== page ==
Words for Wednesday on a Thursday.

Being out of town 'n all for a few days, I am a wee bit behind in my life and in blog reading and blog responses too. I also had bad news on Christmas Eve which I will talk about some other time. Meantime I find Words for Wednesday a most welcome distraction, thanks to River at Drifting Through Life. Feel free to join in the imaginative fun.

1. hair*
2. dissolve*
3. concertina*
4. candlesticks*
5. ribbons*
6. causeway*


1. wizard*
2. bonfire*
3. unload*
4. beams*
5. discarded*
6. chocolate*

The house stood starkly, grey and grim, all by itself, just before you crossed the causeway. You could catch a glimpse of her as the sun, like a bonfire some nights, dissolved into the sea. She'd light the two candlesticks in the open window and play a mournful tune on the concertina. That one distant summer, us two young lads would go out there on our bikes and sit at the edge of the property on the beach and watch and listen, our pocket picnics unloaded and shared: chips, chocolate, pop. Her long auburn hair was festooned with ribbons of many colours and moved with the music in the amber light.

She'd play for hours. We'd wonder at her story, marvel at the moonbeams that would sometimes bathe her face when darkness fell. She looked like some kind of wizard, not of this world, as if she had discarded another life, like an outgrown dress, a long time ago. As we rode back home along the causeway, with the tide lapping against it, the haunting tune hitched a ride with us for a while, finally falling off into the waves.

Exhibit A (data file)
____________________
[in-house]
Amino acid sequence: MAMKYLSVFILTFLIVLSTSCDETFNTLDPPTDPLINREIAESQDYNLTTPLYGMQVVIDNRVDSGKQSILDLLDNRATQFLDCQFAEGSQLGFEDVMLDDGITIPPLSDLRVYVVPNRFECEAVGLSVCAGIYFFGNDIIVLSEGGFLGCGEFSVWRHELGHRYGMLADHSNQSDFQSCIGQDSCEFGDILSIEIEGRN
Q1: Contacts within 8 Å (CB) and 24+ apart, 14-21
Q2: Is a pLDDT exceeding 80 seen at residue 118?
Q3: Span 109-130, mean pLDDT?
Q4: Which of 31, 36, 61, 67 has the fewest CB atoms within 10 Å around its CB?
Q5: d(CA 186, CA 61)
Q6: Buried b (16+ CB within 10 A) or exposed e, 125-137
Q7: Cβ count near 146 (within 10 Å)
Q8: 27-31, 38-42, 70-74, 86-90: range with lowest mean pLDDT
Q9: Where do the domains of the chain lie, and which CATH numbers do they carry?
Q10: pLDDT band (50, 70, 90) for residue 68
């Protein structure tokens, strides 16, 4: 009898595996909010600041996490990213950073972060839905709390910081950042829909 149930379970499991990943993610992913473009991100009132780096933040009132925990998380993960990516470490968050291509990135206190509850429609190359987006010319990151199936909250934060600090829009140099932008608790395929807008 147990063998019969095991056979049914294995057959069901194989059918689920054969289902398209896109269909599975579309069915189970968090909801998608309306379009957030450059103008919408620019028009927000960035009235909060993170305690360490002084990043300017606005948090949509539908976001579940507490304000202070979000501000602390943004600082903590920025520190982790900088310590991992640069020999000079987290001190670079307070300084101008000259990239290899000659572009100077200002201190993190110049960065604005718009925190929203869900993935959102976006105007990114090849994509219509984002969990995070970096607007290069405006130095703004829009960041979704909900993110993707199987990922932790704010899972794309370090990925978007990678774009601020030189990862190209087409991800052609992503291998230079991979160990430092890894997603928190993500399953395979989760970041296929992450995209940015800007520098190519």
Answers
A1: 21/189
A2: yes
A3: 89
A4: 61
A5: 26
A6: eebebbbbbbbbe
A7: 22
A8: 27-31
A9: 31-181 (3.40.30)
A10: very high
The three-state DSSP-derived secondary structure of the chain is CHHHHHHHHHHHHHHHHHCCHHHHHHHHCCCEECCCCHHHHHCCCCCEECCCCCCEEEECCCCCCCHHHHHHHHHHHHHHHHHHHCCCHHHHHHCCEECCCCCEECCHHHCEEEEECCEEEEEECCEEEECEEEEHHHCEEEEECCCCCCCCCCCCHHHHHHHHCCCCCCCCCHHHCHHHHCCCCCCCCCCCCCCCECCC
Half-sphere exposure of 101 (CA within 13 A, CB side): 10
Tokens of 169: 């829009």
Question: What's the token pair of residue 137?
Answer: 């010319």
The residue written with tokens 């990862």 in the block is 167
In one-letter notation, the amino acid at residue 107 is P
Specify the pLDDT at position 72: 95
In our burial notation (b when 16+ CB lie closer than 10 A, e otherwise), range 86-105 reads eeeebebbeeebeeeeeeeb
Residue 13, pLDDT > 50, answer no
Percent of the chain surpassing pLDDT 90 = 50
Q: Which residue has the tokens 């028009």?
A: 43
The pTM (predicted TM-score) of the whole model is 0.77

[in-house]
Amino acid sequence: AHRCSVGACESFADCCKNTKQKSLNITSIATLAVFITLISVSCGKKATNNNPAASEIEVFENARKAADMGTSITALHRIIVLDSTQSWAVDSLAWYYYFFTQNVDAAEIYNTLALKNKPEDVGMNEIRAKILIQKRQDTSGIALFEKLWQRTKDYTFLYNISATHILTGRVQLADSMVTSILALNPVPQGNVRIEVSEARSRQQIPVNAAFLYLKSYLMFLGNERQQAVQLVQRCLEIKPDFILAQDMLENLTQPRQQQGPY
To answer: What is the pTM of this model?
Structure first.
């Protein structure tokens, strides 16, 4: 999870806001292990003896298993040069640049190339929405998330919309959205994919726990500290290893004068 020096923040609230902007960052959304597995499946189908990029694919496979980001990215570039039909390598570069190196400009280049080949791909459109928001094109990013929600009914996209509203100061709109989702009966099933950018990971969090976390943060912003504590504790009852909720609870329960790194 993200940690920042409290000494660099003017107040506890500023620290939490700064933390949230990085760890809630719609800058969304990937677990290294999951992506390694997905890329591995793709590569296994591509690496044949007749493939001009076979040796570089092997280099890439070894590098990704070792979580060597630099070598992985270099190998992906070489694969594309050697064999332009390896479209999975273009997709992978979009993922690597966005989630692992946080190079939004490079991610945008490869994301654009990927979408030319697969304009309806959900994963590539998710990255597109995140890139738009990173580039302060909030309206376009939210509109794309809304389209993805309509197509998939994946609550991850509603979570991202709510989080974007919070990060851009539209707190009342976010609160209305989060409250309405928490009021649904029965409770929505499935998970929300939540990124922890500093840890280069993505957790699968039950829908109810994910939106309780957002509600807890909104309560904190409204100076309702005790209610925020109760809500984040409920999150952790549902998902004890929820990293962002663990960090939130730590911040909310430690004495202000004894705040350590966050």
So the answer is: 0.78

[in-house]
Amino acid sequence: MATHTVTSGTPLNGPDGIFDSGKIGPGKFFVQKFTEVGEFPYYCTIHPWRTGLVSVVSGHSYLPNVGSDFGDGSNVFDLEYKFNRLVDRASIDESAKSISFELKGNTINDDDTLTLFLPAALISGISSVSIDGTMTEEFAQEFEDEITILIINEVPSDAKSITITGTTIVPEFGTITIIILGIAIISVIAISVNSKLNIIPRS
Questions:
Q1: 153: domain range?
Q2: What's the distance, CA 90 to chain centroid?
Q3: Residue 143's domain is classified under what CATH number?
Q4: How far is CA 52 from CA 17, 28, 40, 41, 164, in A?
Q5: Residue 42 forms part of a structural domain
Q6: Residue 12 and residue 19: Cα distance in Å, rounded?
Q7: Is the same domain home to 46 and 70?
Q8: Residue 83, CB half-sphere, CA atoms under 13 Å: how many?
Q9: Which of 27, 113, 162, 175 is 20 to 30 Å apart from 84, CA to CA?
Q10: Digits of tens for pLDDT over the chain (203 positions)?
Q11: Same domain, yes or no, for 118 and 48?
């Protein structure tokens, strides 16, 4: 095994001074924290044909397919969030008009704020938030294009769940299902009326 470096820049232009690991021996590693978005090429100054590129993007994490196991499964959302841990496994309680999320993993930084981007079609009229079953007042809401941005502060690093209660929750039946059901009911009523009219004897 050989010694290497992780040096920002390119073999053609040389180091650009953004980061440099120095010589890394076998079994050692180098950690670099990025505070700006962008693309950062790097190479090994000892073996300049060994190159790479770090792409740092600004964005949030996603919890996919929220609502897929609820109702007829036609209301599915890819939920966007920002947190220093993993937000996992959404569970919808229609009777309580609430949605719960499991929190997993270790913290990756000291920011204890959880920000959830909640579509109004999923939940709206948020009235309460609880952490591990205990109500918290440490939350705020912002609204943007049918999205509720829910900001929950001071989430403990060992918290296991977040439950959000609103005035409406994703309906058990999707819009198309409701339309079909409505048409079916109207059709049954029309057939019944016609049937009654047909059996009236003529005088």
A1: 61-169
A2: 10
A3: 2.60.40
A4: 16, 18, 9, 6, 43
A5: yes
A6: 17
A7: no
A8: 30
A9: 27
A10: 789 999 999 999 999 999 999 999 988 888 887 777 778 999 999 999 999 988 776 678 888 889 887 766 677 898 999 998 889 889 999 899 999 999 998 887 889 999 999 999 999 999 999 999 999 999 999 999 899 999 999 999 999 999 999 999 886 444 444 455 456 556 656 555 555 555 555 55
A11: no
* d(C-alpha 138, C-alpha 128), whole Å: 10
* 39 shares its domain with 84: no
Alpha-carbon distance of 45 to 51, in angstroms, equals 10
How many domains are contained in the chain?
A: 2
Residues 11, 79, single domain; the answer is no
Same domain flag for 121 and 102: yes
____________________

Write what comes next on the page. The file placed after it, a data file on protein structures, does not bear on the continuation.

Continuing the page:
I ran into Robert, my one-summer friend, a couple of years ago at a convention. I hadn't seem him in thirty years. After the pleasantries, I asked him about her, about our many nights on the beach, watching, wondering, making up stories about her until we had to leave, reluctantly, as parental curfews loomed.

He looked at me astonished. "You must be mixing me up with someone else," he said, "Or you've had one too many of those Scotches."

Saturday, December 22, 2018

Homes in Canada

(See previous post on homes in Ireland)
1967 the year of emigration from Ireland to Canada. Our first home, in March of that year, in Don Mills, a suburb of Toronto in Ontario. We rented a 1 bedroom apartment on the ground floor and the previous tenant sold us all his high quality furniture cheaply when he moved back to Bermuda. We faced the back of the building and there was a large swimming pool and we would just slip over our railing to access it. We viewed it as "our" swimming pool. We bought a green 1954 Belair for $200 and started the motor with a screwdriver under the hood and it would easily hold 4 in the front and 5 in the back with ease and no seatbelts. I was amazed with the diaper service and shirt service door delivery. And Eaton's and Simpson's Catalogues. Even though we were poorer than church mice. Rent was $105.00 per month.